Morning Roundup

Photo credit: OPB

In today’s news, Oregon could join push for popular vote legislation, ‘Motor voter’ yields low ballot return rate and Uber to offer healthcare for drivers.

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1. Oregon to consider changing state’s electoral college strategy

The Oregon House has passed legislation requiring state electoral votes go to the winner of the popular vote three times: in 2009, 2013 and 2015. Each time Oregon Senate Chair Peter Courtney prevented the legislation from coming to the Senate floor. There’s a renewed push to change the way a president is elected in light of the most recent election, in which the popular vote candidate did not win the electoral college vote, OPB reports. In order to see a national impact, states comprising 270 electoral votes must pass legislation allocating their votes to the popular vote candidate. At this point, 165 votes are determined by popular vote from 11 states and the District of Columbia. 

2. ‘Motor voter’ law yielded votes, but at lower return rate

Oregonians who registered to vote through the DMV voted at a lower rate than other voters. Their turnout was 43% as compared to the 82% average for self-registered voters, the Register Guard reports. Despite the low turnout, an additional 97,000 votes — or 2.02 million total — were cast in this election, breaking previous records.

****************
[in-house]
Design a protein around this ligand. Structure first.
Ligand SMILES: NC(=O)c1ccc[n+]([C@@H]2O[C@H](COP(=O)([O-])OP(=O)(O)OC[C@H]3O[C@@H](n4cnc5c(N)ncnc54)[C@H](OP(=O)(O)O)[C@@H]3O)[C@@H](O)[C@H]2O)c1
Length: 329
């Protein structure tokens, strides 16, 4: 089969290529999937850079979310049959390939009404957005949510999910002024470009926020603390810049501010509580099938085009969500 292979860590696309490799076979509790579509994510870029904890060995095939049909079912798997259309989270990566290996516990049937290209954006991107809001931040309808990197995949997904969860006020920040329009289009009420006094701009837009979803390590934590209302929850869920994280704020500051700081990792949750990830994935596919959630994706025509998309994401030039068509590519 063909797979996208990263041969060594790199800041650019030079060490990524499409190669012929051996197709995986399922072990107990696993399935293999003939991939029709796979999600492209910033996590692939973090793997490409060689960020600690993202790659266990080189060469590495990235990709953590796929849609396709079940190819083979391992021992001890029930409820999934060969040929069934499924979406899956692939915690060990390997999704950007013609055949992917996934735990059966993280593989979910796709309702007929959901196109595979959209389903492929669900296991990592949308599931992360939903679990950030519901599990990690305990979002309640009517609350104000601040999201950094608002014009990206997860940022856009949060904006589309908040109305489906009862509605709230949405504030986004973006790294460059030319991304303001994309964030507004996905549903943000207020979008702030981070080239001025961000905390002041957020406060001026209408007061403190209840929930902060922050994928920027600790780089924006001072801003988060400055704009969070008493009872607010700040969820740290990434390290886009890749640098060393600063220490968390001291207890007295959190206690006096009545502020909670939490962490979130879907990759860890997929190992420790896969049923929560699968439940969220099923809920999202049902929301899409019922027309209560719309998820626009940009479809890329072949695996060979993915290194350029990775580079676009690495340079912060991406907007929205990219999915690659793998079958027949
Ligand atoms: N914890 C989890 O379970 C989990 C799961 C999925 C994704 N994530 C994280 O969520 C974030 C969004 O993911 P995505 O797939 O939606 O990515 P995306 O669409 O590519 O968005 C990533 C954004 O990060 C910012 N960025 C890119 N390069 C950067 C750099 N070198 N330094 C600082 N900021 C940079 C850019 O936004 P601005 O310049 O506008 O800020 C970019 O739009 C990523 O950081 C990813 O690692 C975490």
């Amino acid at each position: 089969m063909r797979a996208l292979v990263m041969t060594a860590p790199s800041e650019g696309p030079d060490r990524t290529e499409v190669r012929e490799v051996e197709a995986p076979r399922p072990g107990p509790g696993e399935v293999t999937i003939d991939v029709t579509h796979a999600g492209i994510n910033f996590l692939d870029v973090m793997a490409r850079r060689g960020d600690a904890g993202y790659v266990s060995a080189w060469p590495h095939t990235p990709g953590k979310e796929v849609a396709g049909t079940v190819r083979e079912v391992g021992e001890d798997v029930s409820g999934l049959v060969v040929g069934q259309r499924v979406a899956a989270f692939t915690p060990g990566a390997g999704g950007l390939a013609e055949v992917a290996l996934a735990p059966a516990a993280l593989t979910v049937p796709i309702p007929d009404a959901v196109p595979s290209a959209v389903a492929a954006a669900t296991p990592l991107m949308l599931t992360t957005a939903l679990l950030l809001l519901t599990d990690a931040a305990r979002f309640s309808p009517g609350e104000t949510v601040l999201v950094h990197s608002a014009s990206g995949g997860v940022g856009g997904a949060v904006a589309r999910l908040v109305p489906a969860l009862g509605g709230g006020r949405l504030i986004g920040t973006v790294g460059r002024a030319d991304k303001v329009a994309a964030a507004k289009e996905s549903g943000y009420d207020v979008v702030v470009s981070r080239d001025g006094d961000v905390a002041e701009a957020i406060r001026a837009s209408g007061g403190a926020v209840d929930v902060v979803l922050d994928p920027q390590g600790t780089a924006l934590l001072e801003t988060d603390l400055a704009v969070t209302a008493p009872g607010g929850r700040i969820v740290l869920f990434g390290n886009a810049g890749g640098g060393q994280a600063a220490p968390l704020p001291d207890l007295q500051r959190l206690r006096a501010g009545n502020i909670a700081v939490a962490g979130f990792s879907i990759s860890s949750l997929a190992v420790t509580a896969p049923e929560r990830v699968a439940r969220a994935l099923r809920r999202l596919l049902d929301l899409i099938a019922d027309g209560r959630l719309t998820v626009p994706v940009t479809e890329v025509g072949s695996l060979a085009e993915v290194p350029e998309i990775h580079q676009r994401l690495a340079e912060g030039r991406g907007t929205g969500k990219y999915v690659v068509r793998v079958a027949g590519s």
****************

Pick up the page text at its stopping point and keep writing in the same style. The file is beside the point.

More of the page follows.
3. Uber partners with Legacy Health to provide health care for drivers

This is the third such partnership for Uber, the Portland Business Journal reports. The ridesharing company recently announced similar agreements in San Francisco and New York. Services for drivers include free flu shots, wellness classes and ergonomics therapy.

4. Alaska sends first flight powered by biofuel

The Alaska Airlines flight left Seattle yesterday morning drawing 20% of its power from biofuel, the Seattle Times reports. The fuel was produced  from forest residuals leftover from timber harvesting. The flight was the first of its kind.

5. Donald Trump and timber

One of the President-elect’s many promises on the campaign trail was to revitalize the timber industry in Oregon and Washington. Timber companies say they’re “cautiously optimistic” about Trump’s promises, but it’s unclear how he could actually accomplish the task, according to Herald and News. Logging declined in the 1990s due to the Northwest Forest Plan and the National Environmental Policy Act. To increase logging, these acts would have to be altered.

6. Stuffstr partners with H&M, North Face

The app matches unwanted items to organizations that can use them, such as clothing. Unwanted clothing can now be dropped off at H&M and The North Face locations for recycling. Portland-based VP Steve Gutmann says Stuffstr is working toward a goal of “No Unused Stuff.”

7. Cannon Beach explores workforce housing

The lack of housing for employees in Cannon Beach isn’t a new issue. OB’s Kim Moore examined the topic this summer; her article profiled businesses considering providing housing to staff. The lack of housing is now being addressed by the City Council, reports the Daily Astorian. Workforce housing could be placed on city land if the council approves zoning changes to an RV Park — to start. The proposal comes from an affordable housing task force, which will continue to develop remedies to the coastal town’s housing problem.

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